Pork steaks have been a St. Louis staple since the 1950’s, when a local grocery chain began selling pork shoulder, thinly sliced, to rival beef steaks. What once was commonly an overcooked, over-sauced barbecue item has reemerged as something much tastier, especially at Bolyard’s Meat & Provisions. Their inch-thick steaks are brined overnight, rubbed with blend of paprika, garlic, brown sugar and assorted other spices, then smoked over cherry wood for five hours. Bring them to your friend’s next barbecue and claim you made them.


The Slinger is not for the weak: This breakfast mountain typically consists of hashbrowns topped with a hamburger patty that topped with eggs that are topped with chili, cheese and onions. The Mud House does things a little differently, using roasted potatoes and vegetarian black bean chili to class it up a bit, but that doesn’t make their Slinger any less delicious. Make sure to add a side of bacon to compensate for the lack of hamburger. This is the breakfast of champions. Or the hungover.

Go to: The Mud House


Local seafood is limited, to say the least, when you live in the middle of the United States. Thank goodness for local trout! One of the favorite local preparations of the fresh-water fish is in a trout salad sandwich. The chefs at Union Loafers Cafe smoke the trout over apple wood, then break it up and mix it with their housemade mayo, lemon, capers and fennel. The mix is generously spread over their freshly baked ciabatta bread, resulting in one of the best sandwiches in St. Louis.

Frozen Custard

Open in St. Louis since 1930, Ted Drewes Frozen Custard is a local institution. The frozen custard is a smooth as silk, and with the myriad of topping options, customizations are nearly limitless. The blended-up concoctions, called concretes, are so thick, they’re handed to customers upside down as proof. Ted Drewes even inspired St. Louis native and Shake Shack founder Danny Meyer to include concretes on his menu. You’re welcome, world.

Go to: Ted Drewes Frozen Custard

Campfire S'mores Ice Cream

If Willy Wonka had an ice cream shop, it would be Ices Plain & Fancy. Diners gawk while Chef-Owner Max Crask uses liquid nitrogen, Kitchenaid mixers and a blowtorch to make ice cream to order. Their seasonal specials (which are available in one size: gigantic) like the Campfire S’mores are impossible to resist. Ices takes toasted marshmallow ice cream and tops it with Hershey squares, hot fudge and graham crackers. To create the full campfire experience, they fill the plastic top with hickory smoke.

Fitz's Root Beer

Fitz’s Root Beer made its debut in 1947 and was an instant smash hit. The root beer, a sublime mix of cane sugar, roots, spices and barks, has a smooth, vanilla-forward smell and flavor that you won’t find in other bottles. It’s perfect for a summertime party, paired with a fresh-off-the-grill burger, but even better as a root beer float. There’s no better combo than a frosted mug of Fitz’s root beer with a sizeable scoop of vanilla ice cream plopped in.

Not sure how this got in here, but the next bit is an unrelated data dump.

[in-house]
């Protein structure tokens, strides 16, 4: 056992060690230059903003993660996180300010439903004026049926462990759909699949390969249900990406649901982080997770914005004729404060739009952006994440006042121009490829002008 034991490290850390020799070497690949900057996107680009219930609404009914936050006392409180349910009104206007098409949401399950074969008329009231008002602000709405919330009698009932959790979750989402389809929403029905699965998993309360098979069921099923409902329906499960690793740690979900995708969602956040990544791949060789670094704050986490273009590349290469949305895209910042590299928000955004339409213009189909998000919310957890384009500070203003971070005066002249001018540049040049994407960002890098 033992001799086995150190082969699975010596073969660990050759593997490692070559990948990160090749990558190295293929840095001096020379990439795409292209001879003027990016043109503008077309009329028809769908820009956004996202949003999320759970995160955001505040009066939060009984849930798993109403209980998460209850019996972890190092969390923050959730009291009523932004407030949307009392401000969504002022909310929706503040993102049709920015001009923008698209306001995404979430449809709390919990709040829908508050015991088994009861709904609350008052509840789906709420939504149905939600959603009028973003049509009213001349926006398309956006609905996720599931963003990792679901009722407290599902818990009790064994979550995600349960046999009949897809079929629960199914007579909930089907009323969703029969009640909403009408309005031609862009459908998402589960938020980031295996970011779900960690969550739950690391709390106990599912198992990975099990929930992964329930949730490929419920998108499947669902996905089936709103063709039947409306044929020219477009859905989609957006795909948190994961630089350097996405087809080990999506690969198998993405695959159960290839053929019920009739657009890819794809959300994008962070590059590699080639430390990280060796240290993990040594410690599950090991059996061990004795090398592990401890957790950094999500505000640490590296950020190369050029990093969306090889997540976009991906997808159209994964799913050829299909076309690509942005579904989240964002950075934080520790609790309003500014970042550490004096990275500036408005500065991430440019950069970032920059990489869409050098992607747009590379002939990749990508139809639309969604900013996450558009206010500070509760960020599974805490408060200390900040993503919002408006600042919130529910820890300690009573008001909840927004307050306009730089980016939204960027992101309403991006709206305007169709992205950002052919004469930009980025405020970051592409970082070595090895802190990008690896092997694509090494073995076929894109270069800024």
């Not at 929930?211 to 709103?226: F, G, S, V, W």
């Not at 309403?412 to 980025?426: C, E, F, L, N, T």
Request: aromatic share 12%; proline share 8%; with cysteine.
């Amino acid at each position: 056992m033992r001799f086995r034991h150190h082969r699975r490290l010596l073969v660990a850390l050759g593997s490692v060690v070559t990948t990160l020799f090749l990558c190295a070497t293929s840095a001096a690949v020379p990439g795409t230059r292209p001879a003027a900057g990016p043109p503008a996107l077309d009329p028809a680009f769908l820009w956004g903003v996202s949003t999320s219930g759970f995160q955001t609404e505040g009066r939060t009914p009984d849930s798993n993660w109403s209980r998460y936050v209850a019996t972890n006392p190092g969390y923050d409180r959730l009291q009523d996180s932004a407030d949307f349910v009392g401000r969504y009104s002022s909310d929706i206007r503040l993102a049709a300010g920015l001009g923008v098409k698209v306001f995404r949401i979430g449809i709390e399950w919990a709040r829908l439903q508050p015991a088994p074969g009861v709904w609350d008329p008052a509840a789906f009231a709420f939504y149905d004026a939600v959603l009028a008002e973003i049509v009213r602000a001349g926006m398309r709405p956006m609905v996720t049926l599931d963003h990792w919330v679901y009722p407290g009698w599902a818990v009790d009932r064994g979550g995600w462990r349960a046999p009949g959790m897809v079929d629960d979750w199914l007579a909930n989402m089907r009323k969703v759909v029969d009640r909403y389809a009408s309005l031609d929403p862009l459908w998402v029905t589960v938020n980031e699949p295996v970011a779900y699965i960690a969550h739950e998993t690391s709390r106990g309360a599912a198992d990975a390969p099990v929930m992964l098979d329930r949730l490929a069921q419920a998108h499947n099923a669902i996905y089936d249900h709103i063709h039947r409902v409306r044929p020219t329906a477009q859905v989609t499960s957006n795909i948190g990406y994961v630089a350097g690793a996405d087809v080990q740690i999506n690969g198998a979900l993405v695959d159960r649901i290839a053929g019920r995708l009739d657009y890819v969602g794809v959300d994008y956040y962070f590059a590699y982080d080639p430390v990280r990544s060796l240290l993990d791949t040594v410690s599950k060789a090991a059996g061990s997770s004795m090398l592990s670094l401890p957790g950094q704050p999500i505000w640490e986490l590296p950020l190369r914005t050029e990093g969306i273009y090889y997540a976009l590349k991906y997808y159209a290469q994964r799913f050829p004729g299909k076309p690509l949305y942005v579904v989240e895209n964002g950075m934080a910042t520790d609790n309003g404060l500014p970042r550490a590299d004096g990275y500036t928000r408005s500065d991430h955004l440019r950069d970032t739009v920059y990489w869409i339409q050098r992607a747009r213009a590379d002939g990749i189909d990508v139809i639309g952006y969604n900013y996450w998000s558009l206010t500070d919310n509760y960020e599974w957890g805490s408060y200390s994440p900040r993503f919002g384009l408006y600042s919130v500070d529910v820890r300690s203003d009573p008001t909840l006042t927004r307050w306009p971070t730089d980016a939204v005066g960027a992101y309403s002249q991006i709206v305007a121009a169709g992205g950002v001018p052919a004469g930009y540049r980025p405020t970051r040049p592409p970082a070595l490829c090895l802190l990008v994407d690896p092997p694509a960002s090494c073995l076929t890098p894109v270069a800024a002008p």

Sticky Toffee Pudding

When your dessert comes out on a dinner plate and not only looks like a brick, but nearly weighs as much as one, you know you’ve ordered correctly. Schlafly’s sticky toffee pudding — STP for short — has been on the menu since day one. The cake, made with a hefty amount of dates, is topped with a caramel toffee sauce and served with a dollop of freshly whipped cream. Pair it with a coffee stout for the full Schlafly experience.

Vess Soda

Vess Soda celebrated its 100th anniversary in 2016, a milestone for a brand known for creating some of the most unusual sodas on the market. Sure, they have classic flavors like cola and cream soda (though theirs is pink), but it’s their unique flavors you want to try. Whistle Orange is a classic. Others include pineapple, peach, fruit punch and black cherry. Stop by any grocery store in Missouri to pick up a case or two.

Goat Cheese

Sainte Genevieve is the oldest town west of the Mississippi; it’s also home to Baetje Farms. Since they began making cheese in 2006, they have won more than 60 awards. All of their cheeses are made in an old-fashioned European style, keeping with the traditions that have been in place for thousands of years. Their fresh cheese, Coeur de la Creme, comes in a variety of flavors, but the aged Bloomsdale is their flagship. Grab some crackers and go wild.


Hunting and eating game has long been part of Midwestern living. The James Beard Foundation Award-nominated Sidney Street Cafe takes local rabbit and conjures new ways for it to be prepared. Rabbit and Waffles appears on the menu from time to time, with the star being fried croquettes of confit rabbit. More recently, they’ve featured a rabbit porchetta filled with rabbit merguez and braised red cabbage.